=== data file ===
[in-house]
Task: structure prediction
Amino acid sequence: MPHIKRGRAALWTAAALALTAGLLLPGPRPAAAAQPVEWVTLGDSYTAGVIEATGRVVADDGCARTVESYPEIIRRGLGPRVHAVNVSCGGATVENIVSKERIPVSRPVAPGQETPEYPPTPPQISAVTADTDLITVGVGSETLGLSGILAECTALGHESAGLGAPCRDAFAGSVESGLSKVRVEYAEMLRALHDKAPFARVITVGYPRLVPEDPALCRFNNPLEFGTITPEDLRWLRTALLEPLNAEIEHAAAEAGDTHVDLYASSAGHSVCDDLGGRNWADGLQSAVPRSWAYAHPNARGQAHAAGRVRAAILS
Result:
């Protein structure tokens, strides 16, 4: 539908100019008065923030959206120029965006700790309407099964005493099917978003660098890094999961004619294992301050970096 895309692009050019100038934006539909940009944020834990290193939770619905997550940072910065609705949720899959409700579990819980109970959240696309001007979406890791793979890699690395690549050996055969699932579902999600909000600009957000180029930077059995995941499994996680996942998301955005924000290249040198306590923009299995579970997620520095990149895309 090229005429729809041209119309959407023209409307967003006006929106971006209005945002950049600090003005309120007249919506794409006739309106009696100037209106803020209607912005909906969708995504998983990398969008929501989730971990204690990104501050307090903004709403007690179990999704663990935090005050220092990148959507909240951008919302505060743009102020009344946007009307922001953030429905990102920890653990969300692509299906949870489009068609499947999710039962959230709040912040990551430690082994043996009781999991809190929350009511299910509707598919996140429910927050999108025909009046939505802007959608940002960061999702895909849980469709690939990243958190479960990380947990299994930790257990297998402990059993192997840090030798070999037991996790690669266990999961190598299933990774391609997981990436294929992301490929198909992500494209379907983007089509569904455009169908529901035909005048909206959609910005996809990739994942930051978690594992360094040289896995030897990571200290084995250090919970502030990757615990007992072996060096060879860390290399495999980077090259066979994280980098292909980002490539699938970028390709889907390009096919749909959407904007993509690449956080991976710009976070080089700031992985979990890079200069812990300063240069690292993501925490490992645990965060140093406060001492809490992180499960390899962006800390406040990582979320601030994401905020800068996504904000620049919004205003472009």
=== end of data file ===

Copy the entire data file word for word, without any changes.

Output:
[in-house]
Task: structure prediction
Amino acid sequence: MPHIKRGRAALWTAAALALTAGLLLPGPRPAAAAQPVEWVTLGDSYTAGVIEATGRVVADDGCARTVESYPEIIRRGLGPRVHAVNVSCGGATVENIVSKERIPVSRPVAPGQETPEYPPTPPQISAVTADTDLITVGVGSETLGLSGILAECTALGHESAGLGAPCRDAFAGSVESGLSKVRVEYAEMLRALHDKAPFARVITVGYPRLVPEDPALCRFNNPLEFGTITPEDLRWLRTALLEPLNAEIEHAAAEAGDTHVDLYASSAGHSVCDDLGGRNWADGLQSAVPRSWAYAHPNARGQAHAAGRVRAAILS
Result:
């Protein structure tokens, strides 16, 4: 539908100019008065923030959206120029965006700790309407099964005493099917978003660098890094999961004619294992301050970096 895309692009050019100038934006539909940009944020834990290193939770619905997550940072910065609705949720899959409700579990819980109970959240696309001007979406890791793979890699690395690549050996055969699932579902999600909000600009957000180029930077059995995941499994996680996942998301955005924000290249040198306590923009299995579970997620520095990149895309 090229005429729809041209119309959407023209409307967003006006929106971006209005945002950049600090003005309120007249919506794409006739309106009696100037209106803020209607912005909906969708995504998983990398969008929501989730971990204690990104501050307090903004709403007690179990999704663990935090005050220092990148959507909240951008919302505060743009102020009344946007009307922001953030429905990102920890653990969300692509299906949870489009068609499947999710039962959230709040912040990551430690082994043996009781999991809190929350009511299910509707598919996140429910927050999108025909009046939505802007959608940002960061999702895909849980469709690939990243958190479960990380947990299994930790257990297998402990059993192997840090030798070999037991996790690669266990999961190598299933990774391609997981990436294929992301490929198909992500494209379907983007089509569904455009169908529901035909005048909206959609910005996809990739994942930051978690594992360094040289896995030897990571200290084995250090919970502030990757615990007992072996060096060879860390290399495999980077090259066979994280980098292909980002490539699938970028390709889907390009096919749909959407904007993509690449956080991976710009976070080089700031992985979990890079200069812990300063240069690292993501925490490992645990965060140093406060001492809490992180499960390899962006800390406040990582979320601030994401905020800068996504904000620049919004205003472009």